2016 was really just the pits, wasn’t it. We lost Bowie, we lost Prince, we lost democracy. BUT in Lawrence, we lived up to our music mecca reputation and had one hell of a year. This year, once again, we are counting down the Top 10 most badass things we saw from touring bands (the local list comes out later this week). Now, there are a lot of things we didn’t get to see that should have made this list. For example, Dillinger Escape Plan at the Granada should probably be on this list. But on that night, we were supporting local acts. So take this list as you will, and we hope you had as rockin’ of a year as we did.


10. Death Valley Girls at the Replay

 

 

Death Valley Girls / Photo by Fally Afani

Death Valley Girls / Photo by Fally Afani

Boy, the Replay really went to hell with this one (heh). In September, revelers turned out to deal with the devil thanks to a stunning performance from Death Valley Girls. The Burger Records rockers brought all sorts of theatrics with their self-described “occult-glam.’ They even brought Satan! For Death Valley Girls, the devil was in the details. They wore leather capes, they smeared glitter across their faces, they spoke in squirrelly voices, and kept complimenting Satan throughout the night— and when a fan handed the frontwoman a flower, she ate it.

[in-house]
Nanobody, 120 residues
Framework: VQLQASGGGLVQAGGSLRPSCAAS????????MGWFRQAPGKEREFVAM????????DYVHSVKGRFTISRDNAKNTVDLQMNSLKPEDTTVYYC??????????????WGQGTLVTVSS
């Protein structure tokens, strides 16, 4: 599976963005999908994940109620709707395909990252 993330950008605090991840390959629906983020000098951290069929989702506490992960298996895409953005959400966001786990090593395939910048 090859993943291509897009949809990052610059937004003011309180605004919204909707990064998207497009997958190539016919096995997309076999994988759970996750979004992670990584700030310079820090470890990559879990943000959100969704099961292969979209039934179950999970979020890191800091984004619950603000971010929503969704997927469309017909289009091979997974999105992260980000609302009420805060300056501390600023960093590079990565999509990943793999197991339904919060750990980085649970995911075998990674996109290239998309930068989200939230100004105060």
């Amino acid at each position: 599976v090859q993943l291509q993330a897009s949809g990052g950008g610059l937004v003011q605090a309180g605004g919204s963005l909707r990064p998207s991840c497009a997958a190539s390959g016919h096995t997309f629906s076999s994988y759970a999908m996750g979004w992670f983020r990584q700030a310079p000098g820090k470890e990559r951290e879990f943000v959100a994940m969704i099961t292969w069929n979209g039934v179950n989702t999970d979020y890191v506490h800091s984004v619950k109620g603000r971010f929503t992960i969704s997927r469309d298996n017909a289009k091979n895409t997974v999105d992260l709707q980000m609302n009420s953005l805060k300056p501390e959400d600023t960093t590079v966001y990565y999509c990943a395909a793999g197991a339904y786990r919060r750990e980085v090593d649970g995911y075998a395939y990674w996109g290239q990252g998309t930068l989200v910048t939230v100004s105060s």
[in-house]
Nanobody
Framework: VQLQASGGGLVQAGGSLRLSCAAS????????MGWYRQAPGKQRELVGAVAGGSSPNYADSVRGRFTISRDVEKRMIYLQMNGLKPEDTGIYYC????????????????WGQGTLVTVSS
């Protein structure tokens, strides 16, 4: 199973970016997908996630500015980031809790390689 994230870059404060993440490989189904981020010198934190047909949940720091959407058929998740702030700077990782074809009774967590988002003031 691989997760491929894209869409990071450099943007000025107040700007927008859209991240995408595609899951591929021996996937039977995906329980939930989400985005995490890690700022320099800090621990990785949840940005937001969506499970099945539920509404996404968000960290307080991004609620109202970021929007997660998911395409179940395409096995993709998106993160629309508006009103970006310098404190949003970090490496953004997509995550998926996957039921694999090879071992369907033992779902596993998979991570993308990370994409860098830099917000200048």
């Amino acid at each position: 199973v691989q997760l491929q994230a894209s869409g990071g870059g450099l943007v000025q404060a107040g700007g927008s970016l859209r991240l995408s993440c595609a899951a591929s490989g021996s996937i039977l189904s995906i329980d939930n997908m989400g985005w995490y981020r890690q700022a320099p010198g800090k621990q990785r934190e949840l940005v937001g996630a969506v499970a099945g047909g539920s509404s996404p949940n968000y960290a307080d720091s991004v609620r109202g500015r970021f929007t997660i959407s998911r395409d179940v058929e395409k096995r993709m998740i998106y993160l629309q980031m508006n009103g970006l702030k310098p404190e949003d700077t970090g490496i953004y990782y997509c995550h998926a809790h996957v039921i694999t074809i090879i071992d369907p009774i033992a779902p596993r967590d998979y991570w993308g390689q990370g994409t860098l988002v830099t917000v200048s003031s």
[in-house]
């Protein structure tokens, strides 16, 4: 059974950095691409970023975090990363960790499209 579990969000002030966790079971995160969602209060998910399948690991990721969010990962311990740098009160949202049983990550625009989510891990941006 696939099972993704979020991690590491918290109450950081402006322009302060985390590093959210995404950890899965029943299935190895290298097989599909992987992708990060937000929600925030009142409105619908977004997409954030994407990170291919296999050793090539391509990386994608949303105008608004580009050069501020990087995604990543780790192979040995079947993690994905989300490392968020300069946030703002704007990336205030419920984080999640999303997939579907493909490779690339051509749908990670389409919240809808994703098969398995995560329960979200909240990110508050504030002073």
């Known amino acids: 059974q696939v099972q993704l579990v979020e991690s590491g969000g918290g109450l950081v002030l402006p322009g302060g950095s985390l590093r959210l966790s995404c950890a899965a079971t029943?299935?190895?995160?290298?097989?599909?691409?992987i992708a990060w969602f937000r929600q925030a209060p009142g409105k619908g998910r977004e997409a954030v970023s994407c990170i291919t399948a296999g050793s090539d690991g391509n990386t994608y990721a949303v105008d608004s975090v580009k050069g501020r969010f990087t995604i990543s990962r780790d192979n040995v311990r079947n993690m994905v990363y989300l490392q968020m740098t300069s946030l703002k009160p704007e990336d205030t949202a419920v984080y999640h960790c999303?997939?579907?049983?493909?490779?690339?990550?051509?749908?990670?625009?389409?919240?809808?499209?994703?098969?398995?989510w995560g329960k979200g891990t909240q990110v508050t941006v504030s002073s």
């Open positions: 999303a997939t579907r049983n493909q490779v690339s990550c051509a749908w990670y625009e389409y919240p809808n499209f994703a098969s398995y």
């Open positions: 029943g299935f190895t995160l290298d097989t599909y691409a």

9. Peelander-Z at the Bottleneck

 

 

Peelander-Z / Photo by Fally Afani

Peelander-Z / Photo by Fally Afani

When Peelander-Z comes to your town, it’s likely to be one of the most memorable events of the year. It’s a little like “Fight Club”— if this is your first night, you have to participate. The neon-clad Japanese rockers go to any lengths to make the audience part of the act. Peelander-Z absolutely loves their fans, and it shows. They’ll stick a mic in your face, throw a guitar at you, even throw their bodies at you. Everybody in the crowd gets an instrument at some point, even if it’s just a drumstick and a metal pot. Peelander-Z shows are not the type of event where you can be a fly on the wall. This is a team sport.


8. PPL MVR at Liberty Hall

 

 

PPL MVR / Photo by Fally Afani

PPL MVR / Photo by Fally Afani

What. The. Hell. Did. We. Just. Watch.

We were gearing up to photograph Reel Big Fish when a photographer with the tour came up to us in the photo pit, excitedly huffing and puffing. He had just come from the green room, where he saw musicians dressed as Yetis stomping around, pounding on their chests, and growling. Needless to say, this is a band that goes all the way when it comes to staying in character.